Amanda Knox DNA evidence contested by experts, crucial victory for defense
Amanda Knox: The review's findings that DNA testing used in the first trial was below international standards will undoubtedly boost Knox's chances of overturning her murder conviction.
ROME — Amanda Knox won a crucial legal victory Wednesday as an independent forensic report said that much of the DNA evidence used to convict the American student and her co-defendant in the murder of her roommate is unreliable and possibly contaminated.
The review's findings that DNA testing used in the first trial was below international standards will undoubtedly boost Knox's chances of overturning her murder conviction.
The review by the two court-appointed independent experts had been eagerly awaited: With no clear motive for the brutal murder of Meredith Kercher and contradicting testimony heard in court, the DNA evidence was key to the prosecution's case.
Knox was convicted in 2009 of sexually assaulting and murdering Kercher — a Briton with whom she shared an apartment while both were exchange students in Perugia — and sentenced to 26 years in prison. Her co-defendant and ex-boyfriend Raffaele Sollecito was also convicted and sentenced to 25 years.
Both have denied wrongdoing and are appealing. A verdict in the appeals trial is expected in the fall.
Knox, a 23-year-old from Seattle, was "very happy" to hear about the review, her mother said.
Prosecutors maintained in the first trial that Knox's DNA was found on the handle of a kitchen knife they believe to be the murder weapon, and that Kercher's DNA was found on the blade. They say Sollecito's DNA was found on the clasp of Kercher's bra.
Those findings were disputed by the defense, and the appeals court granted an independent review at their request. A similar attempt by Knox's defense had been turned down in the first trial.
The independent experts say in the report filed to the Perugia court on Wednesday and obtained by the AP that the genetic profile attributed to Kercher is "unreliable" and cannot be attributed with certainty.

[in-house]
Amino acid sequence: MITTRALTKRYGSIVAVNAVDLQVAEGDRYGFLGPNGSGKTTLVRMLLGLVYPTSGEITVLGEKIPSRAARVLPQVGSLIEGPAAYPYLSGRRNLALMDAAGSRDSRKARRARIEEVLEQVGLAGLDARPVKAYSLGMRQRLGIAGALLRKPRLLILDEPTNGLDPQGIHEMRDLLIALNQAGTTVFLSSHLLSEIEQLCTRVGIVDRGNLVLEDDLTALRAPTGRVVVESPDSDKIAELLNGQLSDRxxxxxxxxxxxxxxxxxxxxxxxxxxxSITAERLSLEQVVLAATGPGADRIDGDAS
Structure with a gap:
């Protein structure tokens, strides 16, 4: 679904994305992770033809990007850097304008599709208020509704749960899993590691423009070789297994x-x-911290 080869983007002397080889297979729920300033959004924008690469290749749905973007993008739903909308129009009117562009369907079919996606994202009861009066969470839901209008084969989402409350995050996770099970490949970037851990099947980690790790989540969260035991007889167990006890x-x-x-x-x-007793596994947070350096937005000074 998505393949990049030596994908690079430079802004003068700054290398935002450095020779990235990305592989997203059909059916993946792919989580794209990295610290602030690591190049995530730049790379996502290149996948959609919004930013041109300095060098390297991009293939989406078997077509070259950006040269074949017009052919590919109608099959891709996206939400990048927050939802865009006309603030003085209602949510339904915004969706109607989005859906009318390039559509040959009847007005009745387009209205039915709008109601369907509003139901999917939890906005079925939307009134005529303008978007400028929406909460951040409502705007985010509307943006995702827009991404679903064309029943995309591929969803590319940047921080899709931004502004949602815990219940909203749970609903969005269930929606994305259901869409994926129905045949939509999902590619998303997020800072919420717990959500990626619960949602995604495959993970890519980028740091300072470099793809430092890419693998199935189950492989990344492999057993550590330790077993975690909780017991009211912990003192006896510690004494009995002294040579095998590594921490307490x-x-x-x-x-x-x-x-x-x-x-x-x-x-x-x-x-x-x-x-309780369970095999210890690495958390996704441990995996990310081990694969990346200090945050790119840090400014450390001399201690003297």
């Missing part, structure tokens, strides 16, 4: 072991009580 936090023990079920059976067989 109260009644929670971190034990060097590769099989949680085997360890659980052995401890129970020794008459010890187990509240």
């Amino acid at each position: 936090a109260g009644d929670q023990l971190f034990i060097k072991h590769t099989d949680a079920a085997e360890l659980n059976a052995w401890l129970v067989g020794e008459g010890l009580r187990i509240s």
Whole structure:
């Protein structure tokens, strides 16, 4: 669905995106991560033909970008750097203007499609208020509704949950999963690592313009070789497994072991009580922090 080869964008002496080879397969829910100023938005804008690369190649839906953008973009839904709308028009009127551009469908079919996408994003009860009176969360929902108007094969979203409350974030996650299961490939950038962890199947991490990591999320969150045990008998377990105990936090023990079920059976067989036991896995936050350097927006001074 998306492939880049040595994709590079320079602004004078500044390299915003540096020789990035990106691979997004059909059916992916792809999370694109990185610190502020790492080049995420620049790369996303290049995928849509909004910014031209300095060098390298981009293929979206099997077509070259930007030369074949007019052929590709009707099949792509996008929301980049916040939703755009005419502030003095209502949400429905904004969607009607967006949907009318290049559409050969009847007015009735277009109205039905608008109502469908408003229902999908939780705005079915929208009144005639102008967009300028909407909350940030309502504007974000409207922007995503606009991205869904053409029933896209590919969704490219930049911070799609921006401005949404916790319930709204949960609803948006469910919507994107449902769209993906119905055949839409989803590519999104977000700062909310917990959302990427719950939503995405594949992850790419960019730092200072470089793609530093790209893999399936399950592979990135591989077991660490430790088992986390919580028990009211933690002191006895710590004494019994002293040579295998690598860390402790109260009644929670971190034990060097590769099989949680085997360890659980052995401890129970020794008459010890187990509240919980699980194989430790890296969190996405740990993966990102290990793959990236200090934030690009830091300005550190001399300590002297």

They said results may have been contaminated on both the blade and bra clasp.
Regarding the blade, the experts said: "We believe that the technical tests are not reliable."
The experts also said the original testing did not follow any of the recommendations of the international scientific community for dealing with "low-copy number" DNA testing, which requires fewer human cells than traditional genetic testing methods.
They also said that "international procedures for inspection and international protocols for gathering and sampling exhibits have not been followed."
"It cannot be ruled out that the result obtained ... may stem from contamination," according to the 145-page report.
The experts reached similar conclusions regarding the bra clasp. The bra was recovered off the floor of the crime scene only several weeks after the Nov. 1, 2007 fatal stabbing of the 21-year-old Kercher.
"The exhibit was retrieved 46 days after the crime, in a context that was highly suggestive of ambient contamination," the report said.
However, the review concurred with the original testing in saying that the genetic profile on the knife's black plastic handle could be attributed to Knox. The knife was found at Sollecito's apartment.
The defense had long maintained DNA traces were inconclusive and that they might have been contaminated when they were collected and analyzed.
"We've been waiting for three years for this," Knox attorney Luciano Ghirga said. "It finally came."
The two experts — Stefano Conti and Carla Vecchiotti from Rome's Sapienza University — will present their review in court July 25. Then, the court will hear forensic consultants for the prosecution and for the Kercher family, who is part of the trial as civil plaintiffs.
"We are surprised and stunned by such a categorical judgment," said Francesco Maresca, the Kerchers' lawyer, adding that the forensic experts who carried out the original testing were serious professionals. He said he would seek en explanation for "such drastic conclusions."
The independent experts had been assigned to either conduct a retest or, if not possible, assess the accuracy of the original testing. They began their review in February and soon found that DNA traces were too small for a retest. So, they moved on to reviewing the original analyses to assess whether they were reliable and up to standard.
Initially given about three months to conclude their report, they sought and were granted an extension of about 40 days.
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